Special Report
Classroom Technology

Fla. Virtual School Ties Course Completions to Funding

By Ian Quillen — January 07, 2011 4 min read

In most Florida schools, state educational funding follows a student regardless of whether he or she passes or fails a course. But at the 97,000-student Florida Virtual School, the money comes through only when the student completes a course with a passing grade.

Under the funding model, which differs from the appropriations-based system that pays for many other state virtual schools, the Florida Virtual School grew from just under 13,000 half-credit completions in 2002-03 to just under 214,000 in 2009-10. But the performance-based funding model means FLVS also has to walk a delicate line between ensuring that its students complete courses at a rate high enough to sustain adequate funding, and maintaining proper standards for its courses.

The result is a school in which every class interaction is documented, and where every teacher and administrator works on a performance contract that is renewed each year. Teachers are compensated on a base-plus-incentive-pay formula that includes how many students complete their courses and how quickly they do so.

And the Orlando-based FLVS has an eight-person quality-assessment team whose biggest job is to ensure academic propriety and student satisfaction. The school also provides extensive job orientation to ensure that the teachers hired by FLVS know and accept the environment. The assessment team must ensure that the school is not dumbing down courses to increase student-success rates and thereby get more funding.

State funding per student varies slightly depending on the content and difficulty of the course, but averages about $425 per course completion, according to Florida Virtual School officials.

“If we have an integrity breach, we can part [FLVS] ties,” explained Pam Birtolo, the school’s chief learning officer, referring partly to teachers who lower course standards to ensure higher student-success rates. “The people for whom this is not a good fit, we coach them out. And I suspect if we didn’t, my [integrity-breach] numbers would be higher.”

The school, which operates as its own K-12 public school district, is also still subject to the same annual audits from the state department of education as other districts, as well as certification of its Advanced Placement courses by the New York City-based College Board. The quality-assessment team prepares for the state audits with a series of mock run-throughs, in which it pulls 200 course completions at random to make sure the documentation would match state standards, said Kimberly Rugh, the school’s lead quality-assurance instructor.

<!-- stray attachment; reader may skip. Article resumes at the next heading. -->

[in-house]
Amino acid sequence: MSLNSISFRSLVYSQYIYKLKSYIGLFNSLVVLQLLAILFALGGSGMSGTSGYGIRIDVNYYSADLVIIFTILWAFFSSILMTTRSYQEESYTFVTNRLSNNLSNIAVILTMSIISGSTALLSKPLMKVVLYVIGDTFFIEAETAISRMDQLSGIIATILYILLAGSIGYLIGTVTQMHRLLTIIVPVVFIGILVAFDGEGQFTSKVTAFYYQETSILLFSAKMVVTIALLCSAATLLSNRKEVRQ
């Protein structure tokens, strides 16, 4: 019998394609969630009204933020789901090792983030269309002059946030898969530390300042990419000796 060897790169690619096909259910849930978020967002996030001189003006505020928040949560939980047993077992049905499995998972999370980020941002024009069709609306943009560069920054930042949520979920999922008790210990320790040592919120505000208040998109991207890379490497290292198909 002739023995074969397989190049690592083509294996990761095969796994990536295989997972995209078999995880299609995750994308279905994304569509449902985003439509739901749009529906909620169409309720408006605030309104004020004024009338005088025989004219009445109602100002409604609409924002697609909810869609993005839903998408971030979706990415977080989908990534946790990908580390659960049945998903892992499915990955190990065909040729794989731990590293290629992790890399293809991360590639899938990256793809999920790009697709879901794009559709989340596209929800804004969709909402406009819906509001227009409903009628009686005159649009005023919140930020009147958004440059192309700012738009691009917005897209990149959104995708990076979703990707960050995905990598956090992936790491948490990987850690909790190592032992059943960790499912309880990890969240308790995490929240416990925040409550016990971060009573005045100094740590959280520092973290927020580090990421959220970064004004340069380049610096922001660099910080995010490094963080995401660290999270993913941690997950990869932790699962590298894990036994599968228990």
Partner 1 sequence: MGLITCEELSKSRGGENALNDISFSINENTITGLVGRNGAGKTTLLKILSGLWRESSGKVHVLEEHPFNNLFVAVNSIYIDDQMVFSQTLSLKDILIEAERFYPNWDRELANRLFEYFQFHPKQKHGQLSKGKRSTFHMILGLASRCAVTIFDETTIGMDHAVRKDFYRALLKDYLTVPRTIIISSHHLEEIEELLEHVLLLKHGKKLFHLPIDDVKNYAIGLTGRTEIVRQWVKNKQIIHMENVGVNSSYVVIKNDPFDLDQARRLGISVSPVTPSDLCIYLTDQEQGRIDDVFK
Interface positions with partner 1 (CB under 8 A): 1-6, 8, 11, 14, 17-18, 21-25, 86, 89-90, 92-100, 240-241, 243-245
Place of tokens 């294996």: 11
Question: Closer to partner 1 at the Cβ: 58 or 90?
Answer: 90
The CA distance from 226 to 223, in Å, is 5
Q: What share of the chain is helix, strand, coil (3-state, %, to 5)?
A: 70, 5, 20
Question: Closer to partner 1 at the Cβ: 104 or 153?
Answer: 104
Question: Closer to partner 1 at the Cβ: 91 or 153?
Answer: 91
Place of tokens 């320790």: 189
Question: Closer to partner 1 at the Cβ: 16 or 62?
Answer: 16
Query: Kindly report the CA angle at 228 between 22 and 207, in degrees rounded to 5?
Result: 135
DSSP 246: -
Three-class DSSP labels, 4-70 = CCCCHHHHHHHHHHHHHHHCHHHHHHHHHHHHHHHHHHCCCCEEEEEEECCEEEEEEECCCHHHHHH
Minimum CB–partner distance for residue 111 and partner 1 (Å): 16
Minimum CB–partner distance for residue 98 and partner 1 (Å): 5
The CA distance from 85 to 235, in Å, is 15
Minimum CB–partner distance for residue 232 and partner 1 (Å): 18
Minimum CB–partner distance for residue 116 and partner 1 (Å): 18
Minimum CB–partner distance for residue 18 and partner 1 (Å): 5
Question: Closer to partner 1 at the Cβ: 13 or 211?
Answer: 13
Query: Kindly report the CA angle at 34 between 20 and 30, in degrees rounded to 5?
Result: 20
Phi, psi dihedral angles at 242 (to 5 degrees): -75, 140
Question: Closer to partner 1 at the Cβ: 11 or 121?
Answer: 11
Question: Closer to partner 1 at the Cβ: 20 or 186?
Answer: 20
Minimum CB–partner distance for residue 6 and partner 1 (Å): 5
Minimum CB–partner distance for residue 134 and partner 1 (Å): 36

The team also conducts monthly “classroom visits” of each course, in which assurance instructors view class records through a Web link that allows access to everything from documentation of a phone call between a teacher and a student to the completion and grading of an exam. And for novice teachers during a 97-day probationary period, the team extends those checks to additional phone calls home to students and parents to monitor the class dynamic.

Frequent ‘Classroom Visits’

While the close monitoring might sound a bit Orwellian, Ms. Rugh says a combination of full disclosure and evenhanded feedback helps teachers feel comfortable.

“The teacher understands the class will be visited, and will be visited frequently,” Ms. Rugh said. “And when we see [good] things that are rocking our world, we can capture and document those, and we also present those to our supervisors. We do a lot of celebrating in our work.”

Ms. Birtolo said that the standardization of courses combines with a variety of assessment methods to help avoid instances of student and teacher academic fraud. Oral exams, in which a teacher calls a student and questions him or her on material directly, are a particularly strong guard against student fraud, she said, while the documentation of every student assignment makes it difficult for a teacher to change a student grade without giving a reason.

The school’s quality-control methods, Ms. Birtolo said, have helped earn accreditation from the Indianapolis-based National Collegiate Athletic Association, which has recently moved not to accept some virtual schools’ credit-recovery courses.

Starting this spring, all Florida Algebra 1 students, including those taking courses from FLVS, will be subject to a state-implemented end-of-course assessment. Students taking high-school-level geometry and biology courses will face such exams the following year.

While Ms. Birtolo said she isn’t concerned that FLVS students won’t learn the skills necessary to pass, she said the school may have to consider offering review groups for students, since the state exam will be at a set date, and FLVS students can progress through courses at their own pace.

“Much like we do for AP reviews that are available for anybody,” she said, “I imagine we’ll get into the business of end-of-course exam reviews and figure this out.”

A version of this article appeared in the January 12, 2011 edition of Education Week as Fla. Walks a Delicate Line

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